Take a look at the image below, it illustrates the positioning of the BNNA in the cross border setup:

Bingo Nation Inc
Image Source: Bingo Nation

As illustrated, the BNNA serves in a central position between the customer facing side of the gaming platform (the technology, the production and broadcasting elements and the advertising side of things) and the participating tribes. It’s also governed by the Bingo Nation Advisory Board, which is the Advisory Board of the eponymous public company tickered above.

So how is this different to what’s been tried, and has failed, in the past?

Well, it’s not rooted in a lottery draw – that’s a key difference. Why? Because it affords the operators an opportunity to circumnavigate the ticket purchase process that proved to fall foul of the Federal gaming regulations at the end of last century. Instead, it’s presented as a bingo type game, and participants buy tickets from local vendor kiosks positioned – and here’s the kicker – within the borders of their respective (and participating) tribes.

The kiosks issue a ticket to the buyer, and the buyer has a few opportunities to win based on proprietary (and, as per this recent announcement, Indian Gaming Authority compliant) algorithms. There’s an instant win option, which is proving to be favorable among younger players in more traditional type lottery gaming across the US, as well as a weekly draw based win option, rooted in a Bingo Nation produced broadcast.

The numbers are structured as follows: 50% of the ticket revenue will pay for the gaming pot, and it’s from this pot that players will draw winnings. A 75% net gaming revenue share (so the assumption here is that this is 75% of the remaining 50%, after the winnings pot is subtracted from total revenues) will go to the participating Tribes. The remaining 25% will go to Bingo Nation – and therein lies the investment opportunity.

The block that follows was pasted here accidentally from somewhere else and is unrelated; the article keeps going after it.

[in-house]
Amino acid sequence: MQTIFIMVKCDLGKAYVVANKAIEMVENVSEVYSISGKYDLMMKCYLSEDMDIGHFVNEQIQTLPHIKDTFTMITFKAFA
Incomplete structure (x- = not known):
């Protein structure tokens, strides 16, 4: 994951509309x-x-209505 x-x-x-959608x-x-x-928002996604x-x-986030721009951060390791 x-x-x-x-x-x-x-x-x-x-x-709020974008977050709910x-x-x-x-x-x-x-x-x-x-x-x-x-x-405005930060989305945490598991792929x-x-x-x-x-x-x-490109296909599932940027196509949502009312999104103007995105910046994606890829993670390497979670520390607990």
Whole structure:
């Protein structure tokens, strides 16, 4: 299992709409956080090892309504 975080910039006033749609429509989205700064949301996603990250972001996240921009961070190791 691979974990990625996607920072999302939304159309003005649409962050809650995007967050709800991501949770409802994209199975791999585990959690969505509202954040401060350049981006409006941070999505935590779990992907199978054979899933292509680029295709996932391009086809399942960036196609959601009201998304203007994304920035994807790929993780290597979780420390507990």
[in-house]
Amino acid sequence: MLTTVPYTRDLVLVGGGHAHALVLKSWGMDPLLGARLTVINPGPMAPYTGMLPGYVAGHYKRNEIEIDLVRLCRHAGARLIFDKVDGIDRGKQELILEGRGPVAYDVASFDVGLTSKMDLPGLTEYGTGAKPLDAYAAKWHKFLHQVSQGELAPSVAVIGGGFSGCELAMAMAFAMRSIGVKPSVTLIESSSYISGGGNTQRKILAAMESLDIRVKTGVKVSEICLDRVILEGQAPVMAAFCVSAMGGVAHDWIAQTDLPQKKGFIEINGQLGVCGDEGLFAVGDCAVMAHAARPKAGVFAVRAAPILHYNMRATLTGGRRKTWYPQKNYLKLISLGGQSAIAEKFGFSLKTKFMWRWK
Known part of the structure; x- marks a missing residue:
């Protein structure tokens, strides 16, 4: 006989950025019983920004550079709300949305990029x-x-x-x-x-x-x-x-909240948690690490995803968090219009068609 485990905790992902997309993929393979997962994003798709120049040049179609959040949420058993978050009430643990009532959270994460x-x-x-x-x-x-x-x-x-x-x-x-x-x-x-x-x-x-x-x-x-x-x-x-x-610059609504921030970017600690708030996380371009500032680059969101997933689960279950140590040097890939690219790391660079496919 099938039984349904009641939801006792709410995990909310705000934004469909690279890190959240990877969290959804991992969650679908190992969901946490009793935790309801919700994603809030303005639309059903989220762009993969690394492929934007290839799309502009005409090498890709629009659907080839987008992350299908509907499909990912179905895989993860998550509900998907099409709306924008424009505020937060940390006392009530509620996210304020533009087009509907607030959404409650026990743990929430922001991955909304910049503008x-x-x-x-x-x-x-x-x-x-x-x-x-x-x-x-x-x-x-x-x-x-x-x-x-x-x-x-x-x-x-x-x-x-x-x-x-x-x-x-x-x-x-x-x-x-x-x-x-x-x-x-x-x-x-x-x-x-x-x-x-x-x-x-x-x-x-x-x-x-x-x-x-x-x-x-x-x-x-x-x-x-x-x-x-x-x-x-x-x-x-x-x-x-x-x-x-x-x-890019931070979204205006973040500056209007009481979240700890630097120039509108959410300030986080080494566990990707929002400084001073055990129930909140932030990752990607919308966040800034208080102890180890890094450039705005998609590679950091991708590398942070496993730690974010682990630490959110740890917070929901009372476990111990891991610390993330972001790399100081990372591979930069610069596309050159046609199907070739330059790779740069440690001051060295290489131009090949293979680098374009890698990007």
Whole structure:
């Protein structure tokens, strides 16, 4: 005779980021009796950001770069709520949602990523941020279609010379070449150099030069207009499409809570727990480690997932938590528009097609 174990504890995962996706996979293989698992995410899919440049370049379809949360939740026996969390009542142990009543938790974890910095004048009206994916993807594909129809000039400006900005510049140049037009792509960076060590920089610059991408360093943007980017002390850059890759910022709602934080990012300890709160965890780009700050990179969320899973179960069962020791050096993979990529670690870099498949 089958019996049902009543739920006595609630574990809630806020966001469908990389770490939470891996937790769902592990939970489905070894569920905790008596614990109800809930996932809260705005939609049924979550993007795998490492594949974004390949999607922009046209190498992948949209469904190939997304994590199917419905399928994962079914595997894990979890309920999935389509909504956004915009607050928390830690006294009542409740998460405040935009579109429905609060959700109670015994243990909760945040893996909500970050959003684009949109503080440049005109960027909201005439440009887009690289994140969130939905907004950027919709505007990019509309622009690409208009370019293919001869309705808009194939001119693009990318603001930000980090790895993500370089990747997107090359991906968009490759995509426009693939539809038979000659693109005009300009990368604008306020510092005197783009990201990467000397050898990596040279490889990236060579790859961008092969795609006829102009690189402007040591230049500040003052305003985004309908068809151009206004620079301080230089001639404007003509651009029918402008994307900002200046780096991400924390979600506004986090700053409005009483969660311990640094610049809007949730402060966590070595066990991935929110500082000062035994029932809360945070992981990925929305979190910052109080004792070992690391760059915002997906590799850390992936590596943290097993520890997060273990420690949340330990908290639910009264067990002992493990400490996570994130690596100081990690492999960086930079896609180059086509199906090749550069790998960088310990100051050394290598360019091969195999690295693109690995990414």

The company expects to generate weekly network wide sales exceeding 15 million game cards and $30 million in weekly revenues, with a corresponding $15 million weekly prize pool. Of the remaining $15 million, 75% ($11.25) will go to the Tribes, and $3.75 million will go to Bingo Nation. Multiplied out across the year (52 weeks) that’s $195 million in potential annual revenues – assuming the company can hit its own targets. To add some perspective, the company currently commands a market capitalization of just $13.5 million.

Bingo Nation Inc: So what are the risks?

There are two primary risks, as far as we see it.

The first is rooted in uptake and acceptance. The company is being aggressive with its targets (3000 kiosk units as an initial rollout) and as-yet, this is an unproven concept. Sure, cross border lotteries exist outside of Indian regulations, but this concept (albeit in a different form) has been tried, and has failed, in the past. The setting up of the BNNA mitigates this risk somewhat, as does the bingo-type play front, but chances are we will see some degree of pushback from Federal regulators, at least initially.

The second is rooted in capital necessity. As we’ve just mentioned, the rollout is aggressive in scale, and the production of the weekly broadcast, as well as the marketing efforts that a 3000 kiosk rollout necessitates, will be expensive. This company is cash poor, with essentially no cash on hand as of the most recent financials (end 2016). This means a capital raise is going to be required if Bingo Nation wants to meet its own rollout targets, and this raise is going to impact the holdings of those that pick up an early stage exposure. Of course, the growth potential will make this risk worth shouldering for some investors, but it is a necessary consideration ahead of picking up an exposure.

There are also some convertible notes waiting to drop, that are going to add to this dilutive risk on any early stage holding. Again, not prohibitive to an exposure as things stand, but noteworthy nonetheless.

The author has no positions in Bingo Nation and does not plan to initiate any within the next 72 hours.